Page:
Landlords Are Making a Costly Mistake

by Chris on November 6, 2017

There have been a number of cases reported recently where tenants have won monetary awards against their landlords for violation of quiet enjoyment.

The monetary awards in these cases have been significant. For instance, in the last six months, one tenant was awarded $8,000, another tenant $6,000, and a third tenant was awarded $4,500. Several others won rent abatement or nominal damages and the landlord was ordered to remedy the situation.

Because violating quiet enjoyment is such a costly mistake, it’s worth taking some time to consider how to avoid it.

Quiet enjoyment is a legal right of every tenant regardless of the language in the tenancy agreement. A landlord has a duty to provide a rental home that is free of substantial interference with everyday use and enjoyment.

Based on recent cases, the two most common violations of quiet enjoyment include:

Entering the property for showings, and
Remodeling or major renovations while the tenant remains in the unit.

In one case, an outdoor renovation project was plagued with delays and unexpected issues like asbestos. The tenants were subjected to hazardous dust, along with noise and loss of access of the balconies and other common areas, for the entire duration of the tenancy. Earlier in the year, tenants from that same building also won a judgement for breach of quiet enjoyment.

In another case, the tenants won monetary damages after the landlord entered the property frequently and without notice to show the rental to prospective tenants. At one point, the landlord allegedly moved items and cleaned up the unit before the prospect arrived. Tenants were awarded damages based on the violation of their privacy and the disruption of their everyday use of the property.

When deciding tenants’ damages in these cases, the tribunals look at the frequency and intensity of the interruption, along with the length of time the tenant is subjected to it. In some cases, tenants were awarded one-half of the rent for the entire duration of the lease. In other cases, the tenant was awarded damages based on the loss of use of a particular section of the property.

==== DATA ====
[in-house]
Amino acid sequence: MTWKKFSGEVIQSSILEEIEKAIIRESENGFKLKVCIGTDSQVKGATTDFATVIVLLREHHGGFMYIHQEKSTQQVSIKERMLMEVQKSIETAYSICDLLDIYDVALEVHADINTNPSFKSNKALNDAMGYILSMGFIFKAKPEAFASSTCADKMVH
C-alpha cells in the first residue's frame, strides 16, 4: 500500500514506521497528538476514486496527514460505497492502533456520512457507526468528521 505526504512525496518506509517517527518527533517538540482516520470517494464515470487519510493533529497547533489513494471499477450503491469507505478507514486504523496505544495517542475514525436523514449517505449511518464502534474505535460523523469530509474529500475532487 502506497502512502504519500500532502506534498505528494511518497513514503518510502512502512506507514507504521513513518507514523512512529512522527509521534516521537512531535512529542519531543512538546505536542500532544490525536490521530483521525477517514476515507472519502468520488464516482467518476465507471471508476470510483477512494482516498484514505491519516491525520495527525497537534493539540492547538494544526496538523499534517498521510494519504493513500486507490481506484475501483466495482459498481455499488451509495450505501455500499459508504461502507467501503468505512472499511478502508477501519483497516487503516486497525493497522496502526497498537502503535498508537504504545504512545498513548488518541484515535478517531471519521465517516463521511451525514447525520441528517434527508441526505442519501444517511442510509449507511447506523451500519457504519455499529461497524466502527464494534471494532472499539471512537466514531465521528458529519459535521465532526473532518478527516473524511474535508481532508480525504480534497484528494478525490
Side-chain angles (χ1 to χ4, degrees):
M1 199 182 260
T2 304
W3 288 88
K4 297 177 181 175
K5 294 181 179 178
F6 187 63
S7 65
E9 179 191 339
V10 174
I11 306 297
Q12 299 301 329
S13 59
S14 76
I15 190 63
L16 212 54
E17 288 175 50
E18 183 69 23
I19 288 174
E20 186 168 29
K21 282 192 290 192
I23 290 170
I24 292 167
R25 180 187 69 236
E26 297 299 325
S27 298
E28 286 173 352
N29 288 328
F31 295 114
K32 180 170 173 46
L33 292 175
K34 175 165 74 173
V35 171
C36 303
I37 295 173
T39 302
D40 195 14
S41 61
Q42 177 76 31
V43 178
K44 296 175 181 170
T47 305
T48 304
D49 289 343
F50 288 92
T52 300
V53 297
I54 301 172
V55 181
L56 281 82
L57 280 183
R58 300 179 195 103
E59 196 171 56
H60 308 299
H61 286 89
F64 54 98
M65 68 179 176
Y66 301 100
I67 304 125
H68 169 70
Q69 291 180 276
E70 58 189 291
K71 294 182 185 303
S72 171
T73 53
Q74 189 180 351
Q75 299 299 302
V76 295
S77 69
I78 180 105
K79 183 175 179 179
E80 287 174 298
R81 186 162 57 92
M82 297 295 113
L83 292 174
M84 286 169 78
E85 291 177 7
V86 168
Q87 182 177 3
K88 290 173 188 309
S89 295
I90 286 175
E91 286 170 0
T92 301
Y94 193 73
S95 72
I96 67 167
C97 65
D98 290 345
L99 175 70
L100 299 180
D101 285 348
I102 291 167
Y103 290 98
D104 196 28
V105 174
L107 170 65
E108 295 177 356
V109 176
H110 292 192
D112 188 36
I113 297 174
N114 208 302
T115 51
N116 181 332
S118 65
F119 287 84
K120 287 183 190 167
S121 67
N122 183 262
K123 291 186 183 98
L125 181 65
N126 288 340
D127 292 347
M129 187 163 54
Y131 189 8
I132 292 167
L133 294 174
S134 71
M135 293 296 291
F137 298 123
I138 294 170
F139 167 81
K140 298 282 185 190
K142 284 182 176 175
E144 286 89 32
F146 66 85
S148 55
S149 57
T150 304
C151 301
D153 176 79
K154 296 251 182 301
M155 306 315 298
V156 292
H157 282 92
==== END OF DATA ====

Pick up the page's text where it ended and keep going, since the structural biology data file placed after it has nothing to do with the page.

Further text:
To avoid these costly claims, landlords could consider:

Planned vacancies to manage major renovations and repairs. Keeping properties rented during construction and losing thousands of dollars per tenant for violation of quiet enjoyment may not be the most cost-effective option.

When showing units, severely limit the number of applicants who will be allowed to tour the property. An applicant should be prequalified before touring an occupied unit. In addition, provide prior notice of the entry to the current tenant, and stay with the applicant on the tour to protect the tenant’s personal property and privacy.

While these interruptions are the more common complaints, there are a number of other actions that can lead to a claim of breach of quiet enjoyment:

An unreasonable number of landlord visits. Landlords should have a good reason for the visit. For instance, landlords are allowed into the rental property to make repairs or conduct inspections. However, the landlord should provide notice, usually 24 hours in advance;

Smoking. Secondhand smoke can cause of breach of quiet enjoyment of the property. While these cases are relatively rare, a monetary award for secondhand smoke exposure can be significantly higher than other claims because it is easy to prove the causal connection to tenant health issues; and

Chronic noise like barking dogs. House rules contained in the tenancy agreement should address unreasonable levels of noise, particularly repetitive noises that interfere with sleep or everyday enjoyment. Landlords not only are liable for breach of quiet enjoyment if the landlord causes the interference, but also if the landlord is aware of the annoyance and fails to take reasonable steps to stop it.

This post is provided by Tenant Verification Service, Inc., helping landlords reduce the risks of renting with fraud prevention tools that include Tenant Screening, Tenant Background Checks, (U.S. and Canada), as well as Criminal Background Checks, and Eviction Reports (U.S. only).

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Disclaimer: The information provided in this post is not intended to be construed as legal advice, nor should it be considered a substitute for obtaining individual legal counsel or consulting your local, state, federal or provincial tenancy laws.

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